NBC to Comcast: Let the TV Apocalypse Begin

To the great chagrin of floundering Tonight Show host Conan O’Brian, NBC was sold to Comcast Corp. and not Jay Z as he had hoped.

Usually, I get really scared about the size of these huge media conglomerates. You see, someone forgot to tell the FCC that it was more important to stop Rupert Murdoch from owning the entire country than it was to stop unpixilated pictures of Adam Lambert kissing a man from appearing on Good Morning America. But seeing NBC going down for pennies on the dollar is something I find kind of heartwarming.

You see – it actually means the following wonderful thing. Television is dead!

I’m not just talking network television. I’m talking about all television. The networks will go first, but soon it will all be gone. Personally, I think it’s a good thing maybe even a great thing – just stay with me and let the future enfold upon you like a gentle dream.

Being a network now means next to nothing.

Some people claim that there are still hoards of people down South or in the poorer urban landscapes of our country that only have access to four channels. Not only do these people only watch these four stations, but they are so lazy and ignorant that they pick what they are going to start watching at 8PM and then leave on that same station until they go to sleep at night.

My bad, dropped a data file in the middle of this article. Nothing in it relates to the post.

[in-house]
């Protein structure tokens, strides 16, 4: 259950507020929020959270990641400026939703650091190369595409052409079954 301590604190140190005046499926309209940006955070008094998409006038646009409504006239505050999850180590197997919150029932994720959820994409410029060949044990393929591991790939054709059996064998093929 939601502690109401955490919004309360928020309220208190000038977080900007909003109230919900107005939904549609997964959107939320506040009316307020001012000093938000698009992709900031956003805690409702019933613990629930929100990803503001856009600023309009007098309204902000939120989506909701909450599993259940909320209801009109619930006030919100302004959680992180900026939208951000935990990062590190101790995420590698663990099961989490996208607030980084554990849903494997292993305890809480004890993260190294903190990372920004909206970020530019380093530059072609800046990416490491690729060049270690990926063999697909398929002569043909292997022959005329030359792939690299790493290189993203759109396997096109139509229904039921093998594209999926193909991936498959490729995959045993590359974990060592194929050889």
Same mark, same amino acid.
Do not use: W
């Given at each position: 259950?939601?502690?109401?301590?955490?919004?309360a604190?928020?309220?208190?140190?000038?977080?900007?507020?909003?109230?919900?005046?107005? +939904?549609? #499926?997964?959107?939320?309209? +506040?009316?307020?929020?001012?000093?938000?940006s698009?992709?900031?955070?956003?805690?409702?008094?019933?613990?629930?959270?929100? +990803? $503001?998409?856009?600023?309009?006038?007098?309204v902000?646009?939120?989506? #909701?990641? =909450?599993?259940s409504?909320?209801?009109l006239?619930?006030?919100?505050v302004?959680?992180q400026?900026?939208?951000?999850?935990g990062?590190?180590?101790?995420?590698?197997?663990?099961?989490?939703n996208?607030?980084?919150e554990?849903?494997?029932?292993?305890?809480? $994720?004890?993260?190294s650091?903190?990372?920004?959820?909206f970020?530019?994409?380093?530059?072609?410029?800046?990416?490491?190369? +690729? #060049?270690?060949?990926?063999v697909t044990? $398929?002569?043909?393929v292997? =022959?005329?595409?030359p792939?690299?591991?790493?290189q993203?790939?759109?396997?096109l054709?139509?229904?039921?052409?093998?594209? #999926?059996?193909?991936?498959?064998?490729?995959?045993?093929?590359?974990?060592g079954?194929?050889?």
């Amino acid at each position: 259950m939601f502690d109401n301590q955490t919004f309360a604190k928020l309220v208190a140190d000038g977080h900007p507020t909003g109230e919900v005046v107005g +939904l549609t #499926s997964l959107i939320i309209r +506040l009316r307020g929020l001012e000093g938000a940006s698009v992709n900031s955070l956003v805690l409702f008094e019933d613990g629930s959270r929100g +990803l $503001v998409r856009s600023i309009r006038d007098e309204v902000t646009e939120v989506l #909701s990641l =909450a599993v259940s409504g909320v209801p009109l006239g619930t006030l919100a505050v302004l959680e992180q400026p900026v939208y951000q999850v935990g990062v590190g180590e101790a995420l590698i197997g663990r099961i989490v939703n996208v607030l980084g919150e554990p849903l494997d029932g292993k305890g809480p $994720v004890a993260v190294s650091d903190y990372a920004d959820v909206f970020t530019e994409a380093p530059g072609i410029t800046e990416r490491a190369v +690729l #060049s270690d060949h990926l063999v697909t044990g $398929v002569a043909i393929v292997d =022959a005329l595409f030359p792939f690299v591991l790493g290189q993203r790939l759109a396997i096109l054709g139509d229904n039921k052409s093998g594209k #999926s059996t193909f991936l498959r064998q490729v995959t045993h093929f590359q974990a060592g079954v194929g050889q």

Really?

I remember 1975.

There were three channels that got good reception. You didn’t have a remote control (Imagine having to describe that to your kids – Back in the day, we had to get up off of our asses and actually manually change the channel! I bet they’ll be more likely to believe that you walked three miles to school through three feet of snow from the age of 5 on up.).

There were other weird UHF stations, but you were likely to get a lot of fuzz and vertical skipping with them. A show would have to be really good back then to actually make watching UHF worthwhile.

It’s no longer 1975.

The people without cable television these days are mostly intellectual snobs who have forsaken the medium completely. On the other hand, there are ten times that many people who now have remote control cable access in their cars.

(When I was young and my family went on a road trip, I’d be crunched up on the floor of the backseat of an Oldsmobile with a comic book or two. My sister’s kids ride in a luxurious van. They each have their own recliner and their own entertainment system. If my parents drove at night, I was basically stuck staring at the back of my father’s head for two hours. Today’s kids have their choice of like 400 different DVD’s to watch. That, in and of itself, is better than any vacation my family ever took! )

Sure, NBC will still be one of the first ten channels on the dial, but does anyone really care whether they are watching channel 3 or channel 187 anymore? 90% of the country doesn’t even watch entire programs so much as they just surf from channel to channel. These people watch every other station for like 30 seconds at a time. By the time they get back to their original program, it’s been at least a half hour and there are now new programs to surf through.

These people shouldn’t be disparaged, because outside of live events like assassinations or football games mindlessly surfing is really the only reason to watch real time television anymore.